• I addressed the topics which were important to all four of them. E.g.: all four of them mentioned that the current atmosphere at work bothered them. All four of them shared that work was very important to them, and they were committed to deliver high quality. All four of them said that they wanted to give good service to their customers and that if was crucial for their work to have access to the right information at the right time. And all four of them acknowledged that the poor communication between them had a negative effect on the quality of their work. All four of them said that an improved work atmosphere would help them delivering better service and all four expressed the wish to come to work with a little more ease.
During this brief feedback all four were nodding and mumbled it was correct. The feedback resulted in a yes-set. Also, all four received information about the goals of the other three, without violating the confidentiality of personal information. Because of this yes-set all four answered the first question: what would you like to ask your colleague or say to your colleague now that we are here together?
The first hour was used to acknowledge the problems of all four. Questions were being asked and sometimes people started getting hot and bothered. The solution focused interventions were aimed at helping people to understand each other and asking and summarising in such a way that the communication was as positive as possible and helpful to building solutions. In the course of the first hour the “bullies” apologized, and even though this was just a plaster on a wound, it was still an important acknowledgement of the pain which was very helpful.
I asked them whether enough had been asked and said to be able to look at the future. And people said that that was the case. I announced that after a short break I would to ask them the following question: “how would you like to come to work on Monday? What would be better then?”
This is a “future projection”-question and is a short version of the miracle question (Insoo Kim Berg, Steve de Shazer).
After the break it became clear that they had already thought about their answers during the break. They started sharing their image of a good work day on Monday. It turned out they were very able to build this image together. Vague words like trust and respect were being made tangible by asking questions like:” how would you notice you could trust each other? How would you notice you were being treated with respect?” A clear picture of tangible, positive goals developed, and these were goals they all wanted to achieve. A side effect of this future projection questions was that existing confusion about each other's opinions and goals was being clarified. It struck them that they agreed on much more than they had thought possible. The negative jigsaw they had created about each other, turned out to be a bit more positive. They came to the conclusion that they had created a very negative image of each other, mainly because they hadn’t said much to each other for a long time and had heard bad stories of one another. They agreed that instead of this, they wanted to ask each other more and stop negative gossips about each other. In the midst of this half hour, one of the advisors said:” I didn’t know we all wanted this and all think about this the same way…I had never thought we could have this sort of conversation together….”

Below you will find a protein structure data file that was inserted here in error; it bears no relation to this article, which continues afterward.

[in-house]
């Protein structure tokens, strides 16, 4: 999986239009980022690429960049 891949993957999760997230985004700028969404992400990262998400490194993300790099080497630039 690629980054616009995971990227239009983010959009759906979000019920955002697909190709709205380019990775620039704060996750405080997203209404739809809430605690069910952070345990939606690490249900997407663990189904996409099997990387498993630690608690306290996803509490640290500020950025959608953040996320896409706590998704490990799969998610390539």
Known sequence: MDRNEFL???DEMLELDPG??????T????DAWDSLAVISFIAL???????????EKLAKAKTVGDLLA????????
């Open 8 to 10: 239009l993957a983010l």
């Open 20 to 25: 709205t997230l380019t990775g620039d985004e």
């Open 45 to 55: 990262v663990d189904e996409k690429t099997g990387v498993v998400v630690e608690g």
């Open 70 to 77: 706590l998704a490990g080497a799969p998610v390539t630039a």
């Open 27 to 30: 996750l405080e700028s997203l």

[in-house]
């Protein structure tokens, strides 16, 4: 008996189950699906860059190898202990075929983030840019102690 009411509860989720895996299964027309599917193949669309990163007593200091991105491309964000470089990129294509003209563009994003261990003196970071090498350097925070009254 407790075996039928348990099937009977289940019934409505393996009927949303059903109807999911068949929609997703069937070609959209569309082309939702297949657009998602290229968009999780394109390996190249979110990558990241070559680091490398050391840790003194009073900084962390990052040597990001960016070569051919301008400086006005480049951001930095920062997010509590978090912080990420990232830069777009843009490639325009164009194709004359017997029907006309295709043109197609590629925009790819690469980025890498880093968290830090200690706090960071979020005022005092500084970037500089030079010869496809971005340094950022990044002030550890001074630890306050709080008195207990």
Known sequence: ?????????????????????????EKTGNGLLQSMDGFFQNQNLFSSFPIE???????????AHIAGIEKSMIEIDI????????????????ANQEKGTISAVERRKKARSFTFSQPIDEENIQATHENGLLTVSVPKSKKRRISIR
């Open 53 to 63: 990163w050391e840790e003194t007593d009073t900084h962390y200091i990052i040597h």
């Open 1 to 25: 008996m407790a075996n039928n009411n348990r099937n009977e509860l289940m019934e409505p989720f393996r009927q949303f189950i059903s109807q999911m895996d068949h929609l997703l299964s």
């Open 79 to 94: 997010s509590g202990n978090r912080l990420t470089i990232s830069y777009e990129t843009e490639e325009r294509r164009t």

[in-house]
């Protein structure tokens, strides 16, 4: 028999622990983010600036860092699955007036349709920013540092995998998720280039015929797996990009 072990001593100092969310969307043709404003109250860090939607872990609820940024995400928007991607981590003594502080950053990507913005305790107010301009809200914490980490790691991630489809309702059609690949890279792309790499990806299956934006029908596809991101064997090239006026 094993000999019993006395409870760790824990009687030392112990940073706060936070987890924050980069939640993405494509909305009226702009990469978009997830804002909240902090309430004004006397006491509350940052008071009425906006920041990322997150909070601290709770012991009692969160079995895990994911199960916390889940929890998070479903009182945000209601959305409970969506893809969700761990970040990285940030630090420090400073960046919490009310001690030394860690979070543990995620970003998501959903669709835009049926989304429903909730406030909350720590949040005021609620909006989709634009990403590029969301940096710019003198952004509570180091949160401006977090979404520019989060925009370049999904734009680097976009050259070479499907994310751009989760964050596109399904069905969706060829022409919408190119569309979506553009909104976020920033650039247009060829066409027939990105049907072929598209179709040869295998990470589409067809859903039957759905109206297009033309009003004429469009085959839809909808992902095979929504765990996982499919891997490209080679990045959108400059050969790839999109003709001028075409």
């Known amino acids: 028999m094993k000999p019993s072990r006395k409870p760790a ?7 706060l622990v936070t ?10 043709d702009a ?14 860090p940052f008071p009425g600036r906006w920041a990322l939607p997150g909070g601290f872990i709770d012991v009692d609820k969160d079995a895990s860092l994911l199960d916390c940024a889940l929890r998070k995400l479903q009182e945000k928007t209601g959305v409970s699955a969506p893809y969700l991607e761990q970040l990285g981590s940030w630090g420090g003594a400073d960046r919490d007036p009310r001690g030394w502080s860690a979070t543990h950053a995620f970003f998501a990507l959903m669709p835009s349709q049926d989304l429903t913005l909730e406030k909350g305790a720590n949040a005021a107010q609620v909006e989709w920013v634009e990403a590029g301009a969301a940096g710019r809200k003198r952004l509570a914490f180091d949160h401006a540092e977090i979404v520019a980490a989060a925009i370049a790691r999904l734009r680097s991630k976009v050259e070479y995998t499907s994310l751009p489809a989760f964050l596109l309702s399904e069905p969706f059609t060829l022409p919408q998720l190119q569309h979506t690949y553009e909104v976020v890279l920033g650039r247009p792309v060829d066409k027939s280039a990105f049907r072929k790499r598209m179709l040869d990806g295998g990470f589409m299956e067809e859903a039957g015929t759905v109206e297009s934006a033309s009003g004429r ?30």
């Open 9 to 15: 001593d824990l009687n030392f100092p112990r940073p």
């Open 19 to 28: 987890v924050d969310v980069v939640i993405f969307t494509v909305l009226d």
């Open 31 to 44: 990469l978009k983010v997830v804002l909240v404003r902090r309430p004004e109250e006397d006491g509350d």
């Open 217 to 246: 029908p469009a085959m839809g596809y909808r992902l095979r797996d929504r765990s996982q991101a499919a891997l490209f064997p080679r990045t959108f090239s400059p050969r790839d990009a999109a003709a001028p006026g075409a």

There were smiles, laughs, people looked at each other, were enthusiastic and let each other speak. They agreed how to give each other information, how to share work together, how to come to each other's rooms feeling at ease. They started agreeing on next steps.
Then lunch came and during lunch they started talking about the changes in the organisation and what they wanted to ask the management about these changes. It was a lively conversation. After lunch everyone went back to the office.
In a couple of weeks' time there will be a follow up session. I will start with asking “what went well lately”. Case to be continued…